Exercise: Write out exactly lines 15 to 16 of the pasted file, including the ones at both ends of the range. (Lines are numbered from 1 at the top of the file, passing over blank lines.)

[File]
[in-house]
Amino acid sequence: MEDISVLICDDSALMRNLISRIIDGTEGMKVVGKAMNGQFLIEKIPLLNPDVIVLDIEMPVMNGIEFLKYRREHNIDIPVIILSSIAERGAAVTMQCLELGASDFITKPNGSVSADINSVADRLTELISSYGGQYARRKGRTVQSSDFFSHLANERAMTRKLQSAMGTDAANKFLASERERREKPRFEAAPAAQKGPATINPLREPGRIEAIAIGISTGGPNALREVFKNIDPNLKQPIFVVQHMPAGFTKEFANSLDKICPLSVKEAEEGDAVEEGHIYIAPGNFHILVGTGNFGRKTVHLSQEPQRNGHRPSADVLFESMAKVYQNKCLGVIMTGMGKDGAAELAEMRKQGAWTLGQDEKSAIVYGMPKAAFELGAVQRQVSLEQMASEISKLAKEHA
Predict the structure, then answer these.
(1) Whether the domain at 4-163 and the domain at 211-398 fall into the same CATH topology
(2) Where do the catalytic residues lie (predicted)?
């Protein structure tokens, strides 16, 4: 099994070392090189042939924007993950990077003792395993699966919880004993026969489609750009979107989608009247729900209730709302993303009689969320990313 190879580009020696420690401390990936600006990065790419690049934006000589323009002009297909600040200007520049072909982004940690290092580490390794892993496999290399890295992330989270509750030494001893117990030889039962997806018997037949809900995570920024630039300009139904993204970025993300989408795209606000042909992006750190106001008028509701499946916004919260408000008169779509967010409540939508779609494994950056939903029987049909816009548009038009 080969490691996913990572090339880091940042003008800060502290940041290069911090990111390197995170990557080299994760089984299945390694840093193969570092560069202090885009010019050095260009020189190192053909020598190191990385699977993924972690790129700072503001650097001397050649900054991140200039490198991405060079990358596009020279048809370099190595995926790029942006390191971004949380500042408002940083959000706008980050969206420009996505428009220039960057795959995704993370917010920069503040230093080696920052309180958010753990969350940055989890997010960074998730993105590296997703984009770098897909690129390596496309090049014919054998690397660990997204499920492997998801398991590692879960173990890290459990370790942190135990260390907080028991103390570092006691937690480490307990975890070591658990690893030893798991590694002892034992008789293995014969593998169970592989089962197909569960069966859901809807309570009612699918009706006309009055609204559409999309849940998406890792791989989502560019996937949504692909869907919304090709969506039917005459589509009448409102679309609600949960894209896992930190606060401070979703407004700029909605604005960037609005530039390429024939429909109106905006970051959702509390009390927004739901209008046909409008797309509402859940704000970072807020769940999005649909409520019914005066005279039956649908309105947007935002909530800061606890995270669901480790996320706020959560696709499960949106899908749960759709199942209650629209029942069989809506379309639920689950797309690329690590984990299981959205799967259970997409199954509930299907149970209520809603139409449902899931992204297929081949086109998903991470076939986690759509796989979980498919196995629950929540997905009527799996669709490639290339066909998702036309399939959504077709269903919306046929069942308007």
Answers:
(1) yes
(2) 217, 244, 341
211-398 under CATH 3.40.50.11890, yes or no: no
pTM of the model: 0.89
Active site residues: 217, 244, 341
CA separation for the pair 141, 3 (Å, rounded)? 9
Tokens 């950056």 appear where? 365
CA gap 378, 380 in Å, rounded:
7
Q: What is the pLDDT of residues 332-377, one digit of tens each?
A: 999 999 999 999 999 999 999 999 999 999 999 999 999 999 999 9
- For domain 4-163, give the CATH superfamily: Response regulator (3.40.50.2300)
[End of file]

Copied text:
CA gap 378, 380 in Å, rounded:
7